Drawing some graphics, then moving it to F.Cu and combining it with a pad such as described earlier does work. Your graphics are also very simple straight lines, so there is no use in being cleverer then needed, and drawing some lies in KiCad itself is just fine. No need for DXF, or even dragging in 3D.STEP files for this.

An alternative method is to just use a few SMT pads and then overlap them in the Footrpint editor to make a bigger and more complex pad.

If you put graphics on a copper layer, then it will be covered by solder mask, and this is … not recommended for switches :open_mouth:
If you combine multiple SMT pads, then the pads have cutouts in the solder mask, but also in the paste layer, which is also probably not what you want, so you have to disable the paste layer for those pads.

The photograph has a single big square cutout in the solder mask. The recommended way to do this in KiCad is with an “aperture pad”. An aperture pad is nothing special, it is just a regular pad, but with the copper layers disabled, and also with the pad number removed. Because it has no pad number, You can’t connect a track to it, and you can use use it for custom shapes on the solder mask and/or solder paste layers. Search KiCads footprint libraries for “Thermal” to get examples of this.

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Your graphics are also very simple straight lines
They are not; they have rounded ends.

The photograph has a single big square cutout in the solder mask. The recommended way to do this in KiCad is with an “aperture pad”.
That’s interesting. I was assuming that I would draw a square on the solder mask layer.

I’m going to try and do a crash course in FreeCAD. The ability to generate a pad shape from a DXF (or STEP) would be useful for me as I am familar with Fusion 360 for drawing.

All copper tracks have rounded ends in KiCad, so as far as KiCad is concerned they are just straight lines (copper tracks).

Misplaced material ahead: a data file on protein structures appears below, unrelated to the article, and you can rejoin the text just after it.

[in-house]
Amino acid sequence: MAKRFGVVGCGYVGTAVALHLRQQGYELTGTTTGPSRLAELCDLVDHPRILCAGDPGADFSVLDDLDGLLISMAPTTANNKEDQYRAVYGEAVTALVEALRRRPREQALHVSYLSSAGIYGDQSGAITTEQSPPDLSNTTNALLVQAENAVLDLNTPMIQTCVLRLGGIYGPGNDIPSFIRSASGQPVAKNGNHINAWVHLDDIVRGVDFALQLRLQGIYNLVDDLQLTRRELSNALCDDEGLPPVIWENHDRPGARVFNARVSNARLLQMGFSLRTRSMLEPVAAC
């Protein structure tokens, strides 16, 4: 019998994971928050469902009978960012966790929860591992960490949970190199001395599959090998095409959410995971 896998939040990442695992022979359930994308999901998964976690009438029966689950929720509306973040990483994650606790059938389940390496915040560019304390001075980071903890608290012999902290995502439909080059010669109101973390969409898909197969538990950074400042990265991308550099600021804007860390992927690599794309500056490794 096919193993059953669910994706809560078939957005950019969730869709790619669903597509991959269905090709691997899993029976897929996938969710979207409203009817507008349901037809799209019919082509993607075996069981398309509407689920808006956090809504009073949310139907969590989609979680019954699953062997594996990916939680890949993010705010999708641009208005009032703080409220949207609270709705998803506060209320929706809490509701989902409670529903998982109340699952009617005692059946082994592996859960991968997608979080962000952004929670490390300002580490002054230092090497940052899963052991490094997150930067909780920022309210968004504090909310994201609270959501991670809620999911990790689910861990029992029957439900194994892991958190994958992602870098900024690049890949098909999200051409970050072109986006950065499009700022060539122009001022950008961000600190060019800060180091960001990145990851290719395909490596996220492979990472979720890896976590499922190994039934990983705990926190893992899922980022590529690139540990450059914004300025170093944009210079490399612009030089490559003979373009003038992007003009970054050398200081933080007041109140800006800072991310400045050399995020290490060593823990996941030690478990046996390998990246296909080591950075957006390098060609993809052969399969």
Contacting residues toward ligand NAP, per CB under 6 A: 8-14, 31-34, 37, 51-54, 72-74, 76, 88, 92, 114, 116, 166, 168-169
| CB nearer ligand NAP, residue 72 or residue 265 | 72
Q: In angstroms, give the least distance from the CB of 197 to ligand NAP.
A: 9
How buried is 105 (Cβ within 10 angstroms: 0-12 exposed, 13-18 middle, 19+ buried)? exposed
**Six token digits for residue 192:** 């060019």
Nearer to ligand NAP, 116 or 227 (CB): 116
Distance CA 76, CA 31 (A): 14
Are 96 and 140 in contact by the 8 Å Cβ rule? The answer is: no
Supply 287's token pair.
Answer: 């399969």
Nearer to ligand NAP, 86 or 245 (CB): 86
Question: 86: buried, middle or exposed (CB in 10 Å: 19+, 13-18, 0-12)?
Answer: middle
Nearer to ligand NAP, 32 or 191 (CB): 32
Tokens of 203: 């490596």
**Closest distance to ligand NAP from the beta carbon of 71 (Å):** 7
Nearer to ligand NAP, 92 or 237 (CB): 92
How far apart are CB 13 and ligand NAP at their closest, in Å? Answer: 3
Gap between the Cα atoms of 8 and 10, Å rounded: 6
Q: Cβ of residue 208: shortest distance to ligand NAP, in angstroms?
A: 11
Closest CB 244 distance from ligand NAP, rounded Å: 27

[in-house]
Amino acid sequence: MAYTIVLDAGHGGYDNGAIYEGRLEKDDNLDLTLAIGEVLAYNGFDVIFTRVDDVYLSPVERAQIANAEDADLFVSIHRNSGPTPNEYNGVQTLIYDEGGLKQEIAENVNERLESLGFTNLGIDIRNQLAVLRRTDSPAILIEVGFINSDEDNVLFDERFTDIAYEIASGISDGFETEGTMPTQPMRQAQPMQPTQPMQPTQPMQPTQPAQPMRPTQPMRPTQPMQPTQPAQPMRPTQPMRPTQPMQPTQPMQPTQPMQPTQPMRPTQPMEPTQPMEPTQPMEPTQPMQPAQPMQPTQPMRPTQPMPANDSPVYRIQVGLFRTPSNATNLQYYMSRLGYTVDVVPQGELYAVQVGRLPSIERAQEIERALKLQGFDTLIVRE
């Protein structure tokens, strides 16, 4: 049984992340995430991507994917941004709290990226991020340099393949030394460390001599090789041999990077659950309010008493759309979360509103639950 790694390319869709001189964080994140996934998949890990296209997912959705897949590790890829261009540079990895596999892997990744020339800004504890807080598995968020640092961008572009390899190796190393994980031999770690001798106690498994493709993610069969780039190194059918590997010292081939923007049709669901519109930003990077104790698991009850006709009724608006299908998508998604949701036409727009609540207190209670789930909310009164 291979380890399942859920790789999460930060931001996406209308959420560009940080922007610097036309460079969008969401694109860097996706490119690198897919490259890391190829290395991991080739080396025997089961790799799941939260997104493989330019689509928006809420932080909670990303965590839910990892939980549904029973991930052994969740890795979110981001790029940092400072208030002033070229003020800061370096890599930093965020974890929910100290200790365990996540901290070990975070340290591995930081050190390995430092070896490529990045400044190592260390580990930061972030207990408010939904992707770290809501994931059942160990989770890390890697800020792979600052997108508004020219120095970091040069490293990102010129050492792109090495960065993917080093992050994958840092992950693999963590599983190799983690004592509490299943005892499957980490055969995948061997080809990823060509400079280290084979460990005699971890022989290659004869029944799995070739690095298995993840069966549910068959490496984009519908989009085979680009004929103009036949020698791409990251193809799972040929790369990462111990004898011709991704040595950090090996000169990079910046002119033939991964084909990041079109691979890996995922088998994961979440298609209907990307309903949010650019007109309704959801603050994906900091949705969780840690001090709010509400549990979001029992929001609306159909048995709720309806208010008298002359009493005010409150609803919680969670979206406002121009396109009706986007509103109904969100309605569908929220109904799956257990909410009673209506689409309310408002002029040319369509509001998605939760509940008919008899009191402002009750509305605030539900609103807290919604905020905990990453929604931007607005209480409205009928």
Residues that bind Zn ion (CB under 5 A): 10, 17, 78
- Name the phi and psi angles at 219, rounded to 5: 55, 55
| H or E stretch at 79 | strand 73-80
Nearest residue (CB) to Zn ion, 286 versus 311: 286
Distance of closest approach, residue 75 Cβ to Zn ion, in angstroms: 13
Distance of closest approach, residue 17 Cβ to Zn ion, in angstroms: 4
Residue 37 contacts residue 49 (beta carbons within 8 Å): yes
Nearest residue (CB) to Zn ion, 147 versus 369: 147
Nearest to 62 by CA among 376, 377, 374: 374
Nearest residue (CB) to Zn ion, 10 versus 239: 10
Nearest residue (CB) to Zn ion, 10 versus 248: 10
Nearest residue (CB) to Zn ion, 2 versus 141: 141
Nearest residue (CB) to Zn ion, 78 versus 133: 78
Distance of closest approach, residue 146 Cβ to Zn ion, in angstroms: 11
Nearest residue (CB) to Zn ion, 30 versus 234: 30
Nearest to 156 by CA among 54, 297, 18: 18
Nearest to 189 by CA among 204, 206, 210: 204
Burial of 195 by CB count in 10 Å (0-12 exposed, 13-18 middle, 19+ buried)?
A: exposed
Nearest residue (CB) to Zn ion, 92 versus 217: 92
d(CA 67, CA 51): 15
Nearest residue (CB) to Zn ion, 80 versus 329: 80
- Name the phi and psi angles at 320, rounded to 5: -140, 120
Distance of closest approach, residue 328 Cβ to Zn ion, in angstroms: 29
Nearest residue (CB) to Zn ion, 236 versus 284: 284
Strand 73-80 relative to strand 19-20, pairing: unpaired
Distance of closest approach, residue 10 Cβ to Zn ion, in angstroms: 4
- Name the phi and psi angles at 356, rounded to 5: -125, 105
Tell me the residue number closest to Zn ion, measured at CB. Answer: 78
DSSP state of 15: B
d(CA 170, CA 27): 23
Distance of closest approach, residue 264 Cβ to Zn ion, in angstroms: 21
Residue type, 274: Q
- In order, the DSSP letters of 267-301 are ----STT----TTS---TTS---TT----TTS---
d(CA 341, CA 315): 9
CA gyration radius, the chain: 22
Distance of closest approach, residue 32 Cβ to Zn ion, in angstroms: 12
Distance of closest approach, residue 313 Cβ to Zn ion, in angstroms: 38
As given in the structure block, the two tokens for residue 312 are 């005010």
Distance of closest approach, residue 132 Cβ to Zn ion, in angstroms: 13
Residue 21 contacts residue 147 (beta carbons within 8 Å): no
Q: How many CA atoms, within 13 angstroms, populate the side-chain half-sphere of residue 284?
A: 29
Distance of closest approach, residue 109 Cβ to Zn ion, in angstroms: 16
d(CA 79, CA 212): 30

My attempt at FreeCAD stepup didn’t work out well.

I think I will have to approximate with lines for now

have a look at the FreeCAD file I have attached above

That’s better. Is there some magic going on there… naming convention Pads_Poly_… and the circle for the reference point?

there is not a full howto, but there are examples on StepUp Demo menu from where an user can get some tip…

I have also a cheat-sheet document, but it is not fully exhaustive

and the topic at the forum here

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Thanks all. I think I have learnt quite a few things.

I put a square of F.Mask over the pads to open up the area (I couldn’t see how to use Aperture)

I think I have something workable so will move on as I have a design to finish but I think I will return to Kicad StepUp when I have my next fancy requirement.

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I managed to get quite a long way with the use of KiCad StepUp. Thanks!

The only thing I could not establish is the relationship between the KiCad origins and FreeCad origins when taking sketches from different sources and then exporting them to layers back in the PCB… but close enough.

Thanks for the workbench plug-in!


In this thread: PCB shape from enclosure STEP file

I wrote:

Which is an index in into the video posted a little bit earlier in that thread.